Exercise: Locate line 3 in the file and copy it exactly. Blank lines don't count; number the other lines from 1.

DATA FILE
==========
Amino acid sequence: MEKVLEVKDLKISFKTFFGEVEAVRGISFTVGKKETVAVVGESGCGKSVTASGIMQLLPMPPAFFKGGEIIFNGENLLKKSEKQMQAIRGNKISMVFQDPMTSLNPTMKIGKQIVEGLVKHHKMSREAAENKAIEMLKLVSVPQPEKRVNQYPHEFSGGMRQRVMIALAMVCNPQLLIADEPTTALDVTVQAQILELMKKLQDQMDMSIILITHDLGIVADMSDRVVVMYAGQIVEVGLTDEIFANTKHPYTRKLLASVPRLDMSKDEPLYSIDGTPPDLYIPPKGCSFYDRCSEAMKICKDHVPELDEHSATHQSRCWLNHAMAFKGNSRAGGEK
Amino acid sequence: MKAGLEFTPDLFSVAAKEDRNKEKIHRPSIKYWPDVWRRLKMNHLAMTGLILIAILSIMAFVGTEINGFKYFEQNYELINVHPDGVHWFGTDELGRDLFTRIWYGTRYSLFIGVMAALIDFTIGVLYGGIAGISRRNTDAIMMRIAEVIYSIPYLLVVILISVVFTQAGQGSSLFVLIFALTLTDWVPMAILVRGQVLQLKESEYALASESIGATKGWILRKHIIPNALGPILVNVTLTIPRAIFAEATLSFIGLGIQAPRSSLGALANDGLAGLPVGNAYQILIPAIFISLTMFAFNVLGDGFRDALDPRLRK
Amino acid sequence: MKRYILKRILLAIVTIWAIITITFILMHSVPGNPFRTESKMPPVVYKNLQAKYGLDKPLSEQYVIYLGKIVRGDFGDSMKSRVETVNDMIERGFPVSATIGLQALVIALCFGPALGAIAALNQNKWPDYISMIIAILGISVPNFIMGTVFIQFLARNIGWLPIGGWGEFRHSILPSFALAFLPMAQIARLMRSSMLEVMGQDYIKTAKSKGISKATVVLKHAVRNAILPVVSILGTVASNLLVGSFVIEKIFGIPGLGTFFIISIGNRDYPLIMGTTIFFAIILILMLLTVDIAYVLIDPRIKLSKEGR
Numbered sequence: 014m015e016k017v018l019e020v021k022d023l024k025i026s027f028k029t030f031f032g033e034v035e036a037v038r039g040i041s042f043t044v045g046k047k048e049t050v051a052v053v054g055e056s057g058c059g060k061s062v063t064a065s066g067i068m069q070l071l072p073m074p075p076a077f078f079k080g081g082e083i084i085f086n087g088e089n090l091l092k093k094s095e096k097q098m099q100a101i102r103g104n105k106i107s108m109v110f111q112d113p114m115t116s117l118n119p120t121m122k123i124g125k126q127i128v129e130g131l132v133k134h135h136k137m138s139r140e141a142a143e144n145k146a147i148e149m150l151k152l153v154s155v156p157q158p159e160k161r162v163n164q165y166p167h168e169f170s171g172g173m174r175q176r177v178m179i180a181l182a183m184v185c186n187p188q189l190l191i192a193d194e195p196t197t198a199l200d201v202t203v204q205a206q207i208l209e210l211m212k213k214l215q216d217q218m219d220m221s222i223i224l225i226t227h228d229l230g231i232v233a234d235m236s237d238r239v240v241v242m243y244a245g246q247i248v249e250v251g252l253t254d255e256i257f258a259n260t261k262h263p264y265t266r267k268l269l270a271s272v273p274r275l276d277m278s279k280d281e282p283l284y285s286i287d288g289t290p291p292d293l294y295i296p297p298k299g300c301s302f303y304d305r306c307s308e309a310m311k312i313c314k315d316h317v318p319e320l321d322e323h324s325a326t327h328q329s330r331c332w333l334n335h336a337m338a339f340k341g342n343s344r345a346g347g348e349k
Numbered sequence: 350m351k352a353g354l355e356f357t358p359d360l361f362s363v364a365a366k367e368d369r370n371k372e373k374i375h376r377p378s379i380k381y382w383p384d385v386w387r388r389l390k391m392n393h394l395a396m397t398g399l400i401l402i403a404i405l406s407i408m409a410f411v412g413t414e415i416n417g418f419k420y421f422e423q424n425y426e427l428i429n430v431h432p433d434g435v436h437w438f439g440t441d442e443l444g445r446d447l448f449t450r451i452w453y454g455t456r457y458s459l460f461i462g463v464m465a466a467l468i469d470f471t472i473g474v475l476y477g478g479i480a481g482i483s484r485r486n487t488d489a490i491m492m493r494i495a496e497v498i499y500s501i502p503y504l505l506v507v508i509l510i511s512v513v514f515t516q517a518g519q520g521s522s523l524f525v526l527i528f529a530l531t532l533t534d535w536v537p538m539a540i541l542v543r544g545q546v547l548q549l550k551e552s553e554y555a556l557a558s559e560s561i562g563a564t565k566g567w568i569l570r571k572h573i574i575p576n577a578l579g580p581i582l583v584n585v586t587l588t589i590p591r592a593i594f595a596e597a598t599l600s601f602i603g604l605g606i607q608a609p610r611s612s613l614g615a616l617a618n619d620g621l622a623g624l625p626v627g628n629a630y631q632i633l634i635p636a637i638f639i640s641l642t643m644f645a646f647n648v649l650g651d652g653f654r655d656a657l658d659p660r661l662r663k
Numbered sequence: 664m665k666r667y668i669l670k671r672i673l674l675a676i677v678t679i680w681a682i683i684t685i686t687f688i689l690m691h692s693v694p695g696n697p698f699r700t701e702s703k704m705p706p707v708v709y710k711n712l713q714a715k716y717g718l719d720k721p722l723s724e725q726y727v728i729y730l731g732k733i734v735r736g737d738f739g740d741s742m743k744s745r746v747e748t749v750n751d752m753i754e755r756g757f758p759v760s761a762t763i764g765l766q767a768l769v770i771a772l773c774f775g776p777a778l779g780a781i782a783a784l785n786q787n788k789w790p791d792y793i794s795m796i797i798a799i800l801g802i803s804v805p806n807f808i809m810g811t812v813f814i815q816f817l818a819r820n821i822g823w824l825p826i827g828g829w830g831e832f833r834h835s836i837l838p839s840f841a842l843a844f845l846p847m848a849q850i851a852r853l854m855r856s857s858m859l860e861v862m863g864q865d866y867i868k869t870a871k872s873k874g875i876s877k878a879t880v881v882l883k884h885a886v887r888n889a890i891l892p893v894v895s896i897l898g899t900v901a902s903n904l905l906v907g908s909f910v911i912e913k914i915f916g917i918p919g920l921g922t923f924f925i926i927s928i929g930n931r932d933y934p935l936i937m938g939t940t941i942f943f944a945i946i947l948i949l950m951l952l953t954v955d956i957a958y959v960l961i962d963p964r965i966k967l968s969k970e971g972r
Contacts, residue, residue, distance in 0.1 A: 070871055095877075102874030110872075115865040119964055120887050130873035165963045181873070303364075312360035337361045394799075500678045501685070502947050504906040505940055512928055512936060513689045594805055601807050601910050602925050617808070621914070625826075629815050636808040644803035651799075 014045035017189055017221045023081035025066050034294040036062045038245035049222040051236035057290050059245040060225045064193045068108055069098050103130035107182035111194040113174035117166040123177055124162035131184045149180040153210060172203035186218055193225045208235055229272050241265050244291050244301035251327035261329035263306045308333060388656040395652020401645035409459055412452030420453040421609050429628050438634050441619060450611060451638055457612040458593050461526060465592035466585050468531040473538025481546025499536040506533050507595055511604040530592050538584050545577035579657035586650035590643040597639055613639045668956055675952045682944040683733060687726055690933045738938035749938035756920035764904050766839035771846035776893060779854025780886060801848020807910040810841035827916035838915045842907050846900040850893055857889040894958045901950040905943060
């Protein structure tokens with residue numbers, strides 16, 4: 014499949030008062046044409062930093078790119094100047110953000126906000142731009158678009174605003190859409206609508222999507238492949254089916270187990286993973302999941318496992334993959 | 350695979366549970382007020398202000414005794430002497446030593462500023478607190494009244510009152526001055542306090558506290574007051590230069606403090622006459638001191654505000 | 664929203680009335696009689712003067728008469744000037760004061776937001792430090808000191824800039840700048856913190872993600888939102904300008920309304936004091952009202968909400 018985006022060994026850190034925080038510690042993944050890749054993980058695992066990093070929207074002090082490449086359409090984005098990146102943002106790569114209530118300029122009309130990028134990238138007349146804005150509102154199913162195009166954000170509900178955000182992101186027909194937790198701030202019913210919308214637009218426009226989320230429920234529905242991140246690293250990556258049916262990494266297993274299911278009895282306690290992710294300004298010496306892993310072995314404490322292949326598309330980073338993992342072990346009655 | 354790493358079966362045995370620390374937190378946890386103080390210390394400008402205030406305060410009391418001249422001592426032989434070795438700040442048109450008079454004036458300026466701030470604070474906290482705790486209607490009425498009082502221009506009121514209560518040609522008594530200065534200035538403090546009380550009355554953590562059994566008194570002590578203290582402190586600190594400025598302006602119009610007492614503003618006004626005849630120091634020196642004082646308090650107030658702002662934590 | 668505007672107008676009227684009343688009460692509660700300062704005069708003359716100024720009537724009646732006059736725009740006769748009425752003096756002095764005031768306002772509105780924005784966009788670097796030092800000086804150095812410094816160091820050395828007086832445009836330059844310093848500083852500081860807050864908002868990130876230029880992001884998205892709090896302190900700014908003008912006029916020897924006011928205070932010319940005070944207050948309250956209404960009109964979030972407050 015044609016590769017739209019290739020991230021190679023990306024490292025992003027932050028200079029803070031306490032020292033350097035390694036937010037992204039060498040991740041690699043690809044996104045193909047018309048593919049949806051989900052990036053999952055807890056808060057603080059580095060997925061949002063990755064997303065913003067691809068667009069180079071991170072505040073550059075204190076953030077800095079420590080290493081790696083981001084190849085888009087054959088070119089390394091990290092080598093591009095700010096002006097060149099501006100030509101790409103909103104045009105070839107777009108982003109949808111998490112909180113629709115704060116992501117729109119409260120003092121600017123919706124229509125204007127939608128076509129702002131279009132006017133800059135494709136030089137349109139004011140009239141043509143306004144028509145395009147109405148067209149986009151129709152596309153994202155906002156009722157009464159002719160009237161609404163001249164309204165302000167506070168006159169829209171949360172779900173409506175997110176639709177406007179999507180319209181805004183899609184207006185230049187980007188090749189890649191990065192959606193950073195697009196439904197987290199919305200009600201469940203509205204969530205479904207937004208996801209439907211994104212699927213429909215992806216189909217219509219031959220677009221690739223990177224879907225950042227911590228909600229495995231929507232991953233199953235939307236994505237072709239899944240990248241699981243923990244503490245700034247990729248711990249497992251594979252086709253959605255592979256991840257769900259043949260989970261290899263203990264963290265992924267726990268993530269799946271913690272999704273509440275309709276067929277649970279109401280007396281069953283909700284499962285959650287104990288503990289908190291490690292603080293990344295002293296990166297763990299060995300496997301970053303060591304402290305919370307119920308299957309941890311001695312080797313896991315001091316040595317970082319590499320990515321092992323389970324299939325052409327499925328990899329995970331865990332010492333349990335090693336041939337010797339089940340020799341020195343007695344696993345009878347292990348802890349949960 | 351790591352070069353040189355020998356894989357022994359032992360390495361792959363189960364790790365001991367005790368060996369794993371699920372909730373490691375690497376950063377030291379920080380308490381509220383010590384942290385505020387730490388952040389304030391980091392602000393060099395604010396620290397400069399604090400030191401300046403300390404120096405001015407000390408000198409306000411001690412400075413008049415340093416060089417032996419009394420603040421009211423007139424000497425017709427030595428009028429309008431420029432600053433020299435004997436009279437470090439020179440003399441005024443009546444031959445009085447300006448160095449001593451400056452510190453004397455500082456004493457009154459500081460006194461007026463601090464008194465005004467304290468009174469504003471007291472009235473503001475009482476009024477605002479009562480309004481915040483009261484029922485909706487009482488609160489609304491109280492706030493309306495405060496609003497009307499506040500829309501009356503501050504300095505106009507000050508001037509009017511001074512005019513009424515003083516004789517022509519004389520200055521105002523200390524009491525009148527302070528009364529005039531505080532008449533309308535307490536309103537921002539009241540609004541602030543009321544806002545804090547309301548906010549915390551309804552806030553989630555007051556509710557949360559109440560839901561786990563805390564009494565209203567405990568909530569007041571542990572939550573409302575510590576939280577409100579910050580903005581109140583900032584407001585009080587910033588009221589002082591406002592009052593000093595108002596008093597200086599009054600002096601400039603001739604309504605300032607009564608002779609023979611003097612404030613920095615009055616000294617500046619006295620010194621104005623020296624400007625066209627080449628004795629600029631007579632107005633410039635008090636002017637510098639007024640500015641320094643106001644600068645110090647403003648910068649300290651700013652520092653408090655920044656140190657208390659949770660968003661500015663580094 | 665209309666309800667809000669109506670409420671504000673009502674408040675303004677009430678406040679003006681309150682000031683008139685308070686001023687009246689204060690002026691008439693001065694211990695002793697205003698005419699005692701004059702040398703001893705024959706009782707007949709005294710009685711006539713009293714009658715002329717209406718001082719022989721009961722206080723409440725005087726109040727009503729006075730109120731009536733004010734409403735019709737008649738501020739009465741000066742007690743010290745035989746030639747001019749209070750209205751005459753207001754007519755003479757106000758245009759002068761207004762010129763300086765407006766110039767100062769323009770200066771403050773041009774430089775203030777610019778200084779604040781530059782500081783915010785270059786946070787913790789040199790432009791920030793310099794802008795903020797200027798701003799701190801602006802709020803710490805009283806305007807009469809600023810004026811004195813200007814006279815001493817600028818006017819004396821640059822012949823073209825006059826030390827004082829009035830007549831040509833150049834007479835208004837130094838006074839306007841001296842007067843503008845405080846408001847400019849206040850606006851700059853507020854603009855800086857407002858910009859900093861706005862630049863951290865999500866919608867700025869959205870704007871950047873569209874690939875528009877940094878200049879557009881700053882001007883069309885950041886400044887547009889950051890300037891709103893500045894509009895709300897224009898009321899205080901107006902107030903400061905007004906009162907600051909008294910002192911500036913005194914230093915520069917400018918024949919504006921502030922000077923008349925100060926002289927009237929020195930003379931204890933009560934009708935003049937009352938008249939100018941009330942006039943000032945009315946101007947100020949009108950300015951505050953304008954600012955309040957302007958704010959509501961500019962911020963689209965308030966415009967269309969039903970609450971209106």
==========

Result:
Amino acid sequence: MKRYILKRILLAIVTIWAIITITFILMHSVPGNPFRTESKMPPVVYKNLQAKYGLDKPLSEQYVIYLGKIVRGDFGDSMKSRVETVNDMIERGFPVSATIGLQALVIALCFGPALGAIAALNQNKWPDYISMIIAILGISVPNFIMGTVFIQFLARNIGWLPIGGWGEFRHSILPSFALAFLPMAQIARLMRSSMLEVMGQDYIKTAKSKGISKATVVLKHAVRNAILPVVSILGTVASNLLVGSFVIEKIFGIPGLGTFFIISIGNRDYPLIMGTTIFFAIILILMLLTVDIAYVLIDPRIKLSKEGR